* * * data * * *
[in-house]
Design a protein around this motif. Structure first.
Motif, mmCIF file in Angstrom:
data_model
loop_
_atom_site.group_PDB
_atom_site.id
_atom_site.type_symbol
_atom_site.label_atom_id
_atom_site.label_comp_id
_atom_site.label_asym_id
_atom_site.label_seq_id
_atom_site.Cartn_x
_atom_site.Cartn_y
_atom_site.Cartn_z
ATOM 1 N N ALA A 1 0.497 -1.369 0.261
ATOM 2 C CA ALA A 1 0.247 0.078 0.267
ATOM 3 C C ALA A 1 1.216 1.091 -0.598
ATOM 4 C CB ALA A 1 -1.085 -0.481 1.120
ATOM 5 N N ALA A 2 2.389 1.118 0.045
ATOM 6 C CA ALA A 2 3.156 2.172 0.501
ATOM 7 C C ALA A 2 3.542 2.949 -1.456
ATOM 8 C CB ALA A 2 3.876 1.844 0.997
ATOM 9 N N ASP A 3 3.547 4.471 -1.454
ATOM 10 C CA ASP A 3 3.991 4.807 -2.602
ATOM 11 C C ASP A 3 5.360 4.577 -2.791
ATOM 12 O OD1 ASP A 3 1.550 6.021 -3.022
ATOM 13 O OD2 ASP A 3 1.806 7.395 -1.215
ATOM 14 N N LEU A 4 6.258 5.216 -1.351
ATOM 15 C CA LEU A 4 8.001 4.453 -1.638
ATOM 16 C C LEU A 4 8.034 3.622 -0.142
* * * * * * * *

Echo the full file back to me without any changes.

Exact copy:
[in-house]
Design a protein around this motif. Structure first.
Motif, mmCIF file in Angstrom:
data_model
loop_
_atom_site.group_PDB
_atom_site.id
_atom_site.type_symbol
_atom_site.label_atom_id
_atom_site.label_comp_id
_atom_site.label_asym_id
_atom_site.label_seq_id
_atom_site.Cartn_x
_atom_site.Cartn_y
_atom_site.Cartn_z
ATOM 1 N N ALA A 1 0.497 -1.369 0.261
ATOM 2 C CA ALA A 1 0.247 0.078 0.267
ATOM 3 C C ALA A 1 1.216 1.091 -0.598
ATOM 4 C CB ALA A 1 -1.085 -0.481 1.120
ATOM 5 N N ALA A 2 2.389 1.118 0.045
ATOM 6 C CA ALA A 2 3.156 2.172 0.501
ATOM 7 C C ALA A 2 3.542 2.949 -1.456
ATOM 8 C CB ALA A 2 3.876 1.844 0.997
ATOM 9 N N ASP A 3 3.547 4.471 -1.454
ATOM 10 C CA ASP A 3 3.991 4.807 -2.602
ATOM 11 C C ASP A 3 5.360 4.577 -2.791
ATOM 12 O OD1 ASP A 3 1.550 6.021 -3.022
ATOM 13 O OD2 ASP A 3 1.806 7.395 -1.215
ATOM 14 N N LEU A 4 6.258 5.216 -1.351
ATOM 15 C CA LEU A 4 8.001 4.453 -1.638
ATOM 16 C C LEU A 4 8.034 3.622 -0.142